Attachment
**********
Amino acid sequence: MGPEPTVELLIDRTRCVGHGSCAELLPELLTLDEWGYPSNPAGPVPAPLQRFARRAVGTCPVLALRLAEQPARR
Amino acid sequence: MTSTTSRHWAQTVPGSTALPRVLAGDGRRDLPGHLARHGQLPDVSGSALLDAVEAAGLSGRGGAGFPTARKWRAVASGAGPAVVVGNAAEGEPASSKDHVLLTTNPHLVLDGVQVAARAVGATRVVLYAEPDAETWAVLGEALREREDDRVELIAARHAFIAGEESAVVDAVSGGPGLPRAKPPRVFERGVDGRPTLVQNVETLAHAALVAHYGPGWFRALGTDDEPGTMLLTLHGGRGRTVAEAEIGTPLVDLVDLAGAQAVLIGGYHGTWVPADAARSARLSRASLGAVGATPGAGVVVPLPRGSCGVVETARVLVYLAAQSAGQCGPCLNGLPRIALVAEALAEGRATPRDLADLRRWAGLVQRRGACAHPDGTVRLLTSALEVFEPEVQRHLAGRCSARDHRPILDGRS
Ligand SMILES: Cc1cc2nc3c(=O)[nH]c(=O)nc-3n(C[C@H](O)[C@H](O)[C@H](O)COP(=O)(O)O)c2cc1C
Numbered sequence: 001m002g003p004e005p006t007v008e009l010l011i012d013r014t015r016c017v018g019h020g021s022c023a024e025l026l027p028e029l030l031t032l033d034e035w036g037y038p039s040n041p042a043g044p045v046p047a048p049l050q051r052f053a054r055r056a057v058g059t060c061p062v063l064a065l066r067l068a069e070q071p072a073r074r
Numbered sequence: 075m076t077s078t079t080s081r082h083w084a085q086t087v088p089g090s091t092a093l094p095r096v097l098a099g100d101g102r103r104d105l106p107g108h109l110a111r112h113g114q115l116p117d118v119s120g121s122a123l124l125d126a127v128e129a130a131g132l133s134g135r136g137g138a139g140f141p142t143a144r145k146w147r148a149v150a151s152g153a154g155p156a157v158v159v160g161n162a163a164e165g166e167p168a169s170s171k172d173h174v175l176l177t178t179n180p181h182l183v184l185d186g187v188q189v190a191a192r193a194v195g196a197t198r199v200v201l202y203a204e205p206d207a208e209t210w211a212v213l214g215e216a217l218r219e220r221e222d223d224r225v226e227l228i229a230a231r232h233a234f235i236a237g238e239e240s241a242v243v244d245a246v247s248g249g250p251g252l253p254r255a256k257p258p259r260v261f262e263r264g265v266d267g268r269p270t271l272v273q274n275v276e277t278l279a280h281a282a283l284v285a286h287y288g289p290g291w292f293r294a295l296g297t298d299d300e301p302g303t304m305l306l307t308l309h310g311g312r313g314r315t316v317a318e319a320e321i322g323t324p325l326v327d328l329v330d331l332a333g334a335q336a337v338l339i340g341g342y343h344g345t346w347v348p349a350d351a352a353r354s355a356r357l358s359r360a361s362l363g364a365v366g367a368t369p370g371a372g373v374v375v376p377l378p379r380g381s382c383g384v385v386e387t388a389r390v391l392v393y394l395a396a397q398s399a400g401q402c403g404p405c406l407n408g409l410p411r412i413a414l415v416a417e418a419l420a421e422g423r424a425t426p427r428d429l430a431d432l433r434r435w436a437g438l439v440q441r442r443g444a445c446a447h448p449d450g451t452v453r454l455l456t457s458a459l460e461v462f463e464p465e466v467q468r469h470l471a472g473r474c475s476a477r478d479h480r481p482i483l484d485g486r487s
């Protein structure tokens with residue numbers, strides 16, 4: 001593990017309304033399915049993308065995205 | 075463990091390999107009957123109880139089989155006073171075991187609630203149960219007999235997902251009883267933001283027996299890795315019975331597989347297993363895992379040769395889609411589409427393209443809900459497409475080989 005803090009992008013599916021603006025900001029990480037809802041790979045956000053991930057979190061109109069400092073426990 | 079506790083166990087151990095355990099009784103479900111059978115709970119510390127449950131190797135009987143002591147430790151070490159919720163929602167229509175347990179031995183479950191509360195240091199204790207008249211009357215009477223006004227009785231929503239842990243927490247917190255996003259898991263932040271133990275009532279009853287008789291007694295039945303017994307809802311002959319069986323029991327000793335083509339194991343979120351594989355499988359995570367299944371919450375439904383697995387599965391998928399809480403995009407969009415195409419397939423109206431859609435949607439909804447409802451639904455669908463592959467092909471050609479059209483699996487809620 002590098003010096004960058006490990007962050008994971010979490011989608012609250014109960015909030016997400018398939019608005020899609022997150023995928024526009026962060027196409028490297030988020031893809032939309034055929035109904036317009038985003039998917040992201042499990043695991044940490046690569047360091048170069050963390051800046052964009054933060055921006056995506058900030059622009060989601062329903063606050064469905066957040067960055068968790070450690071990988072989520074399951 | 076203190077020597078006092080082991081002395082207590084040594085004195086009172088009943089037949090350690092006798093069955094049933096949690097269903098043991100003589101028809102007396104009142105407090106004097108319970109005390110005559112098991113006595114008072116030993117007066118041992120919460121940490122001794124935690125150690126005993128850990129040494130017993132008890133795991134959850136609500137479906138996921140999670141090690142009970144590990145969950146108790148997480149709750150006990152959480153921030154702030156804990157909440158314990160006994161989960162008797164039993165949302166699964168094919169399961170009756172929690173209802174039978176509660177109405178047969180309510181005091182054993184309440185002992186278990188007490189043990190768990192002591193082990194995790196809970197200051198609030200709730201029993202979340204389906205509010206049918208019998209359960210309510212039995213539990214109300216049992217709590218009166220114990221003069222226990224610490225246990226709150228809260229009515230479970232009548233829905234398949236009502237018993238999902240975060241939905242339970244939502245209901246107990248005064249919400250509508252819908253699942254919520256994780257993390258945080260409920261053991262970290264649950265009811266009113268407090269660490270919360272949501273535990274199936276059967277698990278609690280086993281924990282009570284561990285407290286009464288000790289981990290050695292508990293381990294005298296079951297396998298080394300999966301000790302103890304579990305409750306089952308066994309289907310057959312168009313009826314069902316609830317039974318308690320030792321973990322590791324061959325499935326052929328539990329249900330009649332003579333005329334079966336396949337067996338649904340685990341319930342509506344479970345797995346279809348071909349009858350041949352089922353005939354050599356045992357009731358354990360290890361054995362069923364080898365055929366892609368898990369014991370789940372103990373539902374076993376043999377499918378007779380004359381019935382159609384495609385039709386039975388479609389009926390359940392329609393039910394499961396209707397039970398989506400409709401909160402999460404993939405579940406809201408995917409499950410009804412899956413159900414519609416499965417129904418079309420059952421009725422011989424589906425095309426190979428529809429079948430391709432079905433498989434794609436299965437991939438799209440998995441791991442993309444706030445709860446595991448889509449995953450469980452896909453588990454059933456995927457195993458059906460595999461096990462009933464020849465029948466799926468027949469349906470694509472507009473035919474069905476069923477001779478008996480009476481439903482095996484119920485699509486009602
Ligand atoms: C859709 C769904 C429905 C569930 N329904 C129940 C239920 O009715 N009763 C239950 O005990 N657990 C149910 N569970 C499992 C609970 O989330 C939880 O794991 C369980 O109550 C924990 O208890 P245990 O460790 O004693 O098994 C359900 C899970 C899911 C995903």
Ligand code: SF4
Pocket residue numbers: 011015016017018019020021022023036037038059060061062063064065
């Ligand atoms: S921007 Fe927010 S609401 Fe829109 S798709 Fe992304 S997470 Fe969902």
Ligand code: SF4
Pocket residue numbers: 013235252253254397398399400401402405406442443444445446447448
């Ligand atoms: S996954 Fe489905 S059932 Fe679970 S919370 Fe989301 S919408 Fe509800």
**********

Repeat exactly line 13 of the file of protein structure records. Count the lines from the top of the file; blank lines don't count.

């Ligand atoms: S996954 Fe489905 S059932 Fe679970 S919370 Fe989301 S919408 Fe509800």